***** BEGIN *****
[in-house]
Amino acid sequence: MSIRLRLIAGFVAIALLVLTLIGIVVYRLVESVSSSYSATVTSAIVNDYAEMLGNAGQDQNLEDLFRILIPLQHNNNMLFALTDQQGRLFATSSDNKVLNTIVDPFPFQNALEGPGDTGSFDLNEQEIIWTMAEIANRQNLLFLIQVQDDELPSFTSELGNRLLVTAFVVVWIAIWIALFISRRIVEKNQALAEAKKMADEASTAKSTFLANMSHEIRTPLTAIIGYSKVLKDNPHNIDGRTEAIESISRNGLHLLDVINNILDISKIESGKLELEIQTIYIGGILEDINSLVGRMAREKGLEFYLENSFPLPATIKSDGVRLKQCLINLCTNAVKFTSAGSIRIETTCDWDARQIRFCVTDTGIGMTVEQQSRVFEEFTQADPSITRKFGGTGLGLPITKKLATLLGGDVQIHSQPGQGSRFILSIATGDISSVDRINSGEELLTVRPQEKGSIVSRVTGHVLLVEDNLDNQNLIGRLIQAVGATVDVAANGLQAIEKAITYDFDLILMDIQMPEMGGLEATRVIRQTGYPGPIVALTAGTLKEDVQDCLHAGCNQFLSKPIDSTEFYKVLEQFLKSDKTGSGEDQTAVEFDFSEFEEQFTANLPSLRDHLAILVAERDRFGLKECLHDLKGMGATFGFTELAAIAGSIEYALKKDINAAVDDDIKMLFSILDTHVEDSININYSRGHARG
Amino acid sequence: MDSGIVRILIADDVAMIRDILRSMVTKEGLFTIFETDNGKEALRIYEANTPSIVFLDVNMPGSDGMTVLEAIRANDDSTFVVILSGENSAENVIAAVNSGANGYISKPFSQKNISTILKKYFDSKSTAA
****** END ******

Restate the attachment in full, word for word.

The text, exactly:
[in-house]
Amino acid sequence: MSIRLRLIAGFVAIALLVLTLIGIVVYRLVESVSSSYSATVTSAIVNDYAEMLGNAGQDQNLEDLFRILIPLQHNNNMLFALTDQQGRLFATSSDNKVLNTIVDPFPFQNALEGPGDTGSFDLNEQEIIWTMAEIANRQNLLFLIQVQDDELPSFTSELGNRLLVTAFVVVWIAIWIALFISRRIVEKNQALAEAKKMADEASTAKSTFLANMSHEIRTPLTAIIGYSKVLKDNPHNIDGRTEAIESISRNGLHLLDVINNILDISKIESGKLELEIQTIYIGGILEDINSLVGRMAREKGLEFYLENSFPLPATIKSDGVRLKQCLINLCTNAVKFTSAGSIRIETTCDWDARQIRFCVTDTGIGMTVEQQSRVFEEFTQADPSITRKFGGTGLGLPITKKLATLLGGDVQIHSQPGQGSRFILSIATGDISSVDRINSGEELLTVRPQEKGSIVSRVTGHVLLVEDNLDNQNLIGRLIQAVGATVDVAANGLQAIEKAITYDFDLILMDIQMPEMGGLEATRVIRQTGYPGPIVALTAGTLKEDVQDCLHAGCNQFLSKPIDSTEFYKVLEQFLKSDKTGSGEDQTAVEFDFSEFEEQFTANLPSLRDHLAILVAERDRFGLKECLHDLKGMGATFGFTELAAIAGSIEYALKKDINAAVDDDIKMLFSILDTHVEDSININYSRGHARG
Amino acid sequence: MDSGIVRILIADDVAMIRDILRSMVTKEGLFTIFETDNGKEALRIYEANTPSIVFLDVNMPGSDGMTVLEAIRANDDSTFVVILSGENSAENVIAAVNSGANGYISKPFSQKNISTILKKYFDSKSTAA